I will go ahead and take that one. Obviously briefly accounting principles tell you to always report the worse EPS number you can, or that the worse one that you can possible derive. And if you have income for the quarter you use the most shares as possible, including potentially diluted shares and warrants etc. that are out there. When you have a loss you start clawing back all of those things, plus even performance shares and other things that are subject to profit in the future, or whatever. So it’s really just a change from income one quarter to a loss one quarter and taking those securities in and out of the calculation.

Ron Mills – Johnson Rice

And so in reality, it really is performance-share related, because the warrants and stuff wouldn't be included in that basic shares, correct?

Jim Tuell

You are right. You have asked a GAAP question that really is through the – you go through all the GAAP literature and it tells you what to do and by swinging from a positive to a negative it affects your share count.

Operator

The next question comes from David Tameron of Wells Fargo Securities.

David Tameron – Wells Fargo Securities

I'm going to leave Permian and Powder alone, because I think we beat that to death. Can you just talk about Aneth, and some of the issues during the second quarter or third quarter, and then how we should think about the production profile over next couple quarters?

Nick Sutton

Aneth has performed really very, very well. We had – we refer to operational considerations -- we were drilling a couple of locations in the Aneth unit. And you can see some of the results that we've gotten from some other drilling in Aneth field, that encouraged us to drill and also some of these are drilling for an injector support. We had a couple of these wells being drilled in an area of very high pressure and for safety and operational considerations, we decided we had to drawdown the reservoir pressure in that vicinity in order to drill these wells effectively and safely. And we deferred injection in some of the surrounding injection wells.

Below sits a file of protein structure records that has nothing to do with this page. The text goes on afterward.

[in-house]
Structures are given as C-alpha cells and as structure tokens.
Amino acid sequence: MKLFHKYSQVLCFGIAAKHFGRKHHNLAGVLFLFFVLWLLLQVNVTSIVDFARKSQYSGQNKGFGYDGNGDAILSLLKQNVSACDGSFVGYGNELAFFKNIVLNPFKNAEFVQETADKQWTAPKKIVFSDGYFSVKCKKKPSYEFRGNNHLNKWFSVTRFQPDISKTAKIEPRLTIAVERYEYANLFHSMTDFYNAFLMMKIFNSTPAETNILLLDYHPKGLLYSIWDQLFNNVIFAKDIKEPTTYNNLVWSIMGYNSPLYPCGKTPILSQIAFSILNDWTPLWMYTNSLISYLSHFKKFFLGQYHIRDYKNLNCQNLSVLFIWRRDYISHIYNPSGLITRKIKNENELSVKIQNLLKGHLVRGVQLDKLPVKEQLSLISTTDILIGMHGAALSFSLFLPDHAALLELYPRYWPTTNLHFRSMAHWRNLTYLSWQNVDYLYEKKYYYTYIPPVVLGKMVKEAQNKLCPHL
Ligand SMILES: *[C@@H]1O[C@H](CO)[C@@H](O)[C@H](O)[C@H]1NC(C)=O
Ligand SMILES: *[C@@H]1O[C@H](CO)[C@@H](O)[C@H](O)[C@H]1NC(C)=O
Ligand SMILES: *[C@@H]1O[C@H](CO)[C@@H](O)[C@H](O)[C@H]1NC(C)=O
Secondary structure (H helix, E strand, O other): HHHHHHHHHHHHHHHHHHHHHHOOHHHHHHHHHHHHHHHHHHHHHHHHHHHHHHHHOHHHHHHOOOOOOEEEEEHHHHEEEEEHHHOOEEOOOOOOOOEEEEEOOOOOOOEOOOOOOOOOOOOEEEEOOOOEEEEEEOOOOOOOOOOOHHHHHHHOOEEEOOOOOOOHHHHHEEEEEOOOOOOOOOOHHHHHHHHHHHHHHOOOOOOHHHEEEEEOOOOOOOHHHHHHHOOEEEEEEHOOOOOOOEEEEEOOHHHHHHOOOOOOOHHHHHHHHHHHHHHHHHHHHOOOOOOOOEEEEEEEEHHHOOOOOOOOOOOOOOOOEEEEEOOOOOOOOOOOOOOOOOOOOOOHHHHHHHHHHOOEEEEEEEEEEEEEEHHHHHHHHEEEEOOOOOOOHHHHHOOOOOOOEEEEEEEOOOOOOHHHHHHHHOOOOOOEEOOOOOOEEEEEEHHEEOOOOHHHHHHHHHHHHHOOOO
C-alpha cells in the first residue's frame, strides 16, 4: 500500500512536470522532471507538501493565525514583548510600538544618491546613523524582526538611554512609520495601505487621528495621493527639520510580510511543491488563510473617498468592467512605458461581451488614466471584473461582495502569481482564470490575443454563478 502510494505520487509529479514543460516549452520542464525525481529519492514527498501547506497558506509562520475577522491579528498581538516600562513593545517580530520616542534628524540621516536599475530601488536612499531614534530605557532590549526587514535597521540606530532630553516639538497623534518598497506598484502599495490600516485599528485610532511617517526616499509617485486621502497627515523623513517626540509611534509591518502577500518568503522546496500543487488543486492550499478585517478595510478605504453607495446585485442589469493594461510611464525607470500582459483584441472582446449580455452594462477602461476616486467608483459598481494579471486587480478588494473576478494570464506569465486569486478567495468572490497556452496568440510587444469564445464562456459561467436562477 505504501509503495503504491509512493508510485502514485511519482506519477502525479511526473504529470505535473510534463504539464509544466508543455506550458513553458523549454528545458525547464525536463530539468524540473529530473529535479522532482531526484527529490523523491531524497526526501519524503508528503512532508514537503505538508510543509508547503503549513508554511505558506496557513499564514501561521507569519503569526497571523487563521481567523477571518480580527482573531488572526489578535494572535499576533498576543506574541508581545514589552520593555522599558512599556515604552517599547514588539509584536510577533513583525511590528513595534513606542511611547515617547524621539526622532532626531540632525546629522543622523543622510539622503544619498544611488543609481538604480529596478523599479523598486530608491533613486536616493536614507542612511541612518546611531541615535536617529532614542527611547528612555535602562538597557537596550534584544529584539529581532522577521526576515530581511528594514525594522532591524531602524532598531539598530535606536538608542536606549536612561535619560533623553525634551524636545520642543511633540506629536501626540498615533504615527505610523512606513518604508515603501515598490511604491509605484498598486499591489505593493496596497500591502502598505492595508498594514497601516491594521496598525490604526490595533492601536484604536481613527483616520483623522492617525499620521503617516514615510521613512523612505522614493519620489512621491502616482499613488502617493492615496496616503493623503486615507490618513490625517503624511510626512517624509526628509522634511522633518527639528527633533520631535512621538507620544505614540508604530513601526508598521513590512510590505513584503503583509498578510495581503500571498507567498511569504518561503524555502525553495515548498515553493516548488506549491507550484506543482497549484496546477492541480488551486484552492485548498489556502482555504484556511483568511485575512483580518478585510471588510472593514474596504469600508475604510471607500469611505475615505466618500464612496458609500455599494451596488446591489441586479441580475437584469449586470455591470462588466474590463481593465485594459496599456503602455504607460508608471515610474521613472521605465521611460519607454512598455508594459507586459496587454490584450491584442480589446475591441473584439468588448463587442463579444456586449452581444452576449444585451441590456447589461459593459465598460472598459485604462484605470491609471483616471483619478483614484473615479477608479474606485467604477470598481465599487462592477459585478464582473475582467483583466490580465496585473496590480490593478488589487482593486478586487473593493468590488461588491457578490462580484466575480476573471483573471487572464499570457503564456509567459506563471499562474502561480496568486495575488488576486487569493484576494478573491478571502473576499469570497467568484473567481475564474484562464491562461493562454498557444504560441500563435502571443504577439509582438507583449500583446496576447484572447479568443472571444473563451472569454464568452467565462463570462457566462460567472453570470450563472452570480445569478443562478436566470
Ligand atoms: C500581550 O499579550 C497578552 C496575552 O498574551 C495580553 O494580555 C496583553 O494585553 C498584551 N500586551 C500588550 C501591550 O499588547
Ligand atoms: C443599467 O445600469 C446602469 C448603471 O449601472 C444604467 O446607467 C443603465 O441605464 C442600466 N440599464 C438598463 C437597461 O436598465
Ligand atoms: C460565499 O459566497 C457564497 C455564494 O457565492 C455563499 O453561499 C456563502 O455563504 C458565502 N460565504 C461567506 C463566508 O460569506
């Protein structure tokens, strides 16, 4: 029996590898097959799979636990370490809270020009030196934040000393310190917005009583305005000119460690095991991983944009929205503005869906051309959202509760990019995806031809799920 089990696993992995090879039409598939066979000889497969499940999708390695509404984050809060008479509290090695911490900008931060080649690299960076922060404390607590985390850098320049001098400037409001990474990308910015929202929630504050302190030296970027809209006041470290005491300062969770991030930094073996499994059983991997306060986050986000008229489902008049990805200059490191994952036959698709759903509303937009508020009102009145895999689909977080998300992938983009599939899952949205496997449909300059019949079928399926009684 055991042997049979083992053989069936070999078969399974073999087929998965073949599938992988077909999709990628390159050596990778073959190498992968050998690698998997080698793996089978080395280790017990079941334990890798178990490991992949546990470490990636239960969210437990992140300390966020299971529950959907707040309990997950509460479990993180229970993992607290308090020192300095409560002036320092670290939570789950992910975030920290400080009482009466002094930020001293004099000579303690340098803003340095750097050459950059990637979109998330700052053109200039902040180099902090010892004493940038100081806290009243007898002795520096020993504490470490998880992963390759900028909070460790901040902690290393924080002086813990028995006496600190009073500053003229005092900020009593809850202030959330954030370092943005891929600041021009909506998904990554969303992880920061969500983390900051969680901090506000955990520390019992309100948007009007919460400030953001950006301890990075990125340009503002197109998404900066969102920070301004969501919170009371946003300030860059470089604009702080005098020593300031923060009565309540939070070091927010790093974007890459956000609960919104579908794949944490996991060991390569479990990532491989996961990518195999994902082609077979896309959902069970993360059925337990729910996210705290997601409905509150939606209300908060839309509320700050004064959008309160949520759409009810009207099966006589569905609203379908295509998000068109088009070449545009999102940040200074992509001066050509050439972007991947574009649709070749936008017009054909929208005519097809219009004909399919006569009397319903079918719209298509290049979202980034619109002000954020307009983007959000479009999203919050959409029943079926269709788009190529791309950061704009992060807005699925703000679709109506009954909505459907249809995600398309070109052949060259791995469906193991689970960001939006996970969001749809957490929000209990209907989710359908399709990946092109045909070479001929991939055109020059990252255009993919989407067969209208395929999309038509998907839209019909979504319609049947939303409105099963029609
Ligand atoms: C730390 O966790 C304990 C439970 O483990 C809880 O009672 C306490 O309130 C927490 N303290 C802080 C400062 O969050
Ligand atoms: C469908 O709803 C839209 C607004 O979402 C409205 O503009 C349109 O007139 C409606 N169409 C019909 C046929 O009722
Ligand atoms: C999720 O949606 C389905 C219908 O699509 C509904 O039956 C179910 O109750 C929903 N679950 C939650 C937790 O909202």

Well one of the things about a CO2 flood is when one stops injecting one does impact production. And it impacted production somewhat more quickly and somewhat greater than we might have otherwise thought. As you know CO2 floods are incredibly complex as the fluids process through the reservoir and it's not like a matter of turning a valve on or off an injector and getting in on off in the producer. And so as I said we stopped injecting an area for safety reasons, we got the wells drilled, and we started injection again. And just as we saw a rather quick response – on the downside we saw a rather quick response on the upside. And so as we exited the quarter, I believe that our production from that area was pretty much back where it was before we had to terminate the injections. So that’s just one example of what went on in Aneth during the quarter.

David Tameron – Wells Fargo Securities

I guess you've addressed the production's back on line. I guess that's -- everything else was asked and answered. So congrats on the horizontal success. Nice wells in both.

Operator

The next question comes from Ryan Oatman of SunTrust.

Ryan Oatman – SunTrust Robinson Humphrey